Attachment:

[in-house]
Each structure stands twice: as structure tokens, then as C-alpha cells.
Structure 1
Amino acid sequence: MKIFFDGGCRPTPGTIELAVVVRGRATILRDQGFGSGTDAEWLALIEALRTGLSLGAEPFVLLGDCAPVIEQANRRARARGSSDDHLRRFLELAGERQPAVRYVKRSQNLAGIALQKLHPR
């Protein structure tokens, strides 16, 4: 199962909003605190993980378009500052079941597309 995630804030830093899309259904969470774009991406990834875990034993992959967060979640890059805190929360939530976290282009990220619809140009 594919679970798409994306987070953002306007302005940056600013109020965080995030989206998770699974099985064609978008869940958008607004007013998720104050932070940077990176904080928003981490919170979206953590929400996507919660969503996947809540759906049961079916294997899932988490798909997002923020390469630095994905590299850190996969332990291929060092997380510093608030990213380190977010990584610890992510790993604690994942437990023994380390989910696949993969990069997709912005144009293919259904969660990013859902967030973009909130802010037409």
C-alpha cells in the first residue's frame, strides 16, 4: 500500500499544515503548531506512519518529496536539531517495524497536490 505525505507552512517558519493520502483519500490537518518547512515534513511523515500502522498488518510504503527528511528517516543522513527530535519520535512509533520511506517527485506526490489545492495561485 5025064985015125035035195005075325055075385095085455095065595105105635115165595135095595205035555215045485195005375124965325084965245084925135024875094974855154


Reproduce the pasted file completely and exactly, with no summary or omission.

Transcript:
[in-house]
Each structure stands twice: as structure tokens, then as C-alpha cells.
Structure 1
Amino acid sequence: MKIFFDGGCRPTPGTIELAVVVRGRATILRDQGFGSGTDAEWLALIEALRTGLSLGAEPFVLLGDCAPVIEQANRRARARGSSDDHLRRFLELAGERQPAVRYVKRSQNLAGIALQKLHPR
């Protein structure tokens, strides 16, 4: 199962909003605190993980378009500052079941597309 995630804030830093899309259904969470774009991406990834875990034993992959967060979640890059805190929360939530976290282009990220619809140009 594919679970798409994306987070953002306007302005940056600013109020965080995030989206998770699974099985064609978008869940958008607004007013998720104050932070940077990176904080928003981490919170979206953590929400996507919660969503996947809540759906049961079916294997899932988490798909997002923020390469630095994905590299850190996969332990291929060092997380510093608030990213380190977010990584610890992510790993604690994942437990023994380390989910696949993969990069997709912005144009293919259904969660990013859902967030973009909130802010037409």
C-alpha cells in the first residue's frame, strides 16, 4: 500500500499544515503548531506512519518529496536539531517495524497536490 505525505507552512517558519493520502483519500490537518518547512515534513511523515500502522498488518510504503527528511528517516543522513527530535519520535512509533520511506517527485506526490489545492495561485 5025064985015125035035195005075325055075385095085455095065595105105635115165595135095595205035555215045485195005375124965325084965245084925135024875094974855154